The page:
What had brought him to Oxford? Well, a little background to the Oxford University Aikido Club. I had been practising Judo for quite a number of years, and after graduation I had become the instructor of the O. U. Judo Club. I had been fortunate in having as my Judo instructor in Paris someone of south-east Asian provenance, who said to me one day: you know, we should treat everyone outside of the dojo as we would treat them on the tatami: we should show them the same respect. That simple statement had a great effect on me; and in the years that followed I felt increasingly dissatisfied with Judo. There was something missing. I understood that traditional Japanese martial arts had a cultural and ‘spiritual’ dimension, but this was not much emphasized in Judo which was overly concerned, in my opinion, with winning contests. I remember being very uncomfortable when the term ‘playing’ Judo was introduced around the late 60s (How can you play at a martial art?). A French au pair girl had appeared at the Judo club in 1966 and told us she had been practising something called ‘Aikido’ in Switzerland. She asked if we would be interested in learning some Aikido at the end of our usual Judo practices. We were very happy to experience this unusual art and Annie Pochat came regularly and taught us some techniques. I was completely taken by Aikido but the time came when Annie returned home and I was bereft of a teacher.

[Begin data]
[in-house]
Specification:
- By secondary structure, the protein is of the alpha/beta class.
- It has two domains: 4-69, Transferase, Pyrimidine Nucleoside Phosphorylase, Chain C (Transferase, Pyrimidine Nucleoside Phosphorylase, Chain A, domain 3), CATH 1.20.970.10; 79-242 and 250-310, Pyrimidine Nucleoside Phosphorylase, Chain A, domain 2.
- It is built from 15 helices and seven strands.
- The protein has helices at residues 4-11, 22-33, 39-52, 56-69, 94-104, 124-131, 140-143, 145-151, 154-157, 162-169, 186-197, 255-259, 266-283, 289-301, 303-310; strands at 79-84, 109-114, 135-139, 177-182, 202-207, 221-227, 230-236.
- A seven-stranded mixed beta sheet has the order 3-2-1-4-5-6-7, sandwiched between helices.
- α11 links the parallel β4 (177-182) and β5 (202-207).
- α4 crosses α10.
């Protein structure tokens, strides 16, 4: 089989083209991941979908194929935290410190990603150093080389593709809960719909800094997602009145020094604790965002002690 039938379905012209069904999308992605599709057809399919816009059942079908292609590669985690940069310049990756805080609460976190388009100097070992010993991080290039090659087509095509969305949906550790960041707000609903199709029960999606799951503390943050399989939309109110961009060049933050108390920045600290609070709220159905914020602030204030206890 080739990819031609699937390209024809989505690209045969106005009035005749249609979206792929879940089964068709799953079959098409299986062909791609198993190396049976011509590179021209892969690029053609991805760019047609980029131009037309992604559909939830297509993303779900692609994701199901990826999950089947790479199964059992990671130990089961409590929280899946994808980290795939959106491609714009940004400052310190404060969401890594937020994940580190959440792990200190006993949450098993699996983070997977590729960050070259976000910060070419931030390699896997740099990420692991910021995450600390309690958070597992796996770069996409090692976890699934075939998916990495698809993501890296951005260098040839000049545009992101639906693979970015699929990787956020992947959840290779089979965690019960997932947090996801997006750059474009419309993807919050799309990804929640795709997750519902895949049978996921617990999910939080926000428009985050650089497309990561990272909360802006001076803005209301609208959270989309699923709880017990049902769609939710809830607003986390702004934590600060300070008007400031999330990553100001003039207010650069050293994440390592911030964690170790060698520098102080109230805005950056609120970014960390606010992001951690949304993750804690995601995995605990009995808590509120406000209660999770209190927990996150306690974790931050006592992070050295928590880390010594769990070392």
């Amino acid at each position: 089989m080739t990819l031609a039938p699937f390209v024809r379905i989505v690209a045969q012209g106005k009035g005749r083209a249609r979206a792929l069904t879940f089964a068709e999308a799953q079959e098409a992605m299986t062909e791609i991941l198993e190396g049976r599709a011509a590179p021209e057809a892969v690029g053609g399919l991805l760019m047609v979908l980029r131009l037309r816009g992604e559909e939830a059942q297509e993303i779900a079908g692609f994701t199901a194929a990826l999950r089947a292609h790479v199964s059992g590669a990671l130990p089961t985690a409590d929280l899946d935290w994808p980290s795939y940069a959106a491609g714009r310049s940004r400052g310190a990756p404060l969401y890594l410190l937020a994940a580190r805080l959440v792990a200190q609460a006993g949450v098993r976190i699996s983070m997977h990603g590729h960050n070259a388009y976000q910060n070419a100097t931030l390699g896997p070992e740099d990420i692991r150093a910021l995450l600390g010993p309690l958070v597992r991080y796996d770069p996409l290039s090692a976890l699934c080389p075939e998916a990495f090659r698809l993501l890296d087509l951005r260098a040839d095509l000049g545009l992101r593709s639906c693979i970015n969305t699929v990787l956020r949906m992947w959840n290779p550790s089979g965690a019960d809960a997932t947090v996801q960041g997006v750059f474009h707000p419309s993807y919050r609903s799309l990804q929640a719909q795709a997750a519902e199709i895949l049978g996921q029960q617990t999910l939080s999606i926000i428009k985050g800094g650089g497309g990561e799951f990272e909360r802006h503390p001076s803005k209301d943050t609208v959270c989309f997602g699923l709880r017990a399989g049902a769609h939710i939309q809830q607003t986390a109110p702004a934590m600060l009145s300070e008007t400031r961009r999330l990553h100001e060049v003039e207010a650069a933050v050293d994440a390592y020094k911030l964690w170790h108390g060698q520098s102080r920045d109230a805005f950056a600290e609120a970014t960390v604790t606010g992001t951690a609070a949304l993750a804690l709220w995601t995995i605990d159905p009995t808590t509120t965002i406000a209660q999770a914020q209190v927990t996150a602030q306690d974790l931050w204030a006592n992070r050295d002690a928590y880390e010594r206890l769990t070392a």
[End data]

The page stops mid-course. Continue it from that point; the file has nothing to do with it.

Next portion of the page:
Sometime later I met the legendary American Terry Dobson, who had come to Oxford in connection with the publishing firm of the infamous Robert Maxwell based in the city. We met once a week for Aikido practice, one to one. He was quite immense and I was particularly impressed by how gentle he was. He told me about this old and frail Aikido teacher he had in Japan, who was capable of incredible feats – this was O-Sensei – but I did not at that time appreciate the significance! But Terry returned to Japan and again I had nobody to practise Aikido with.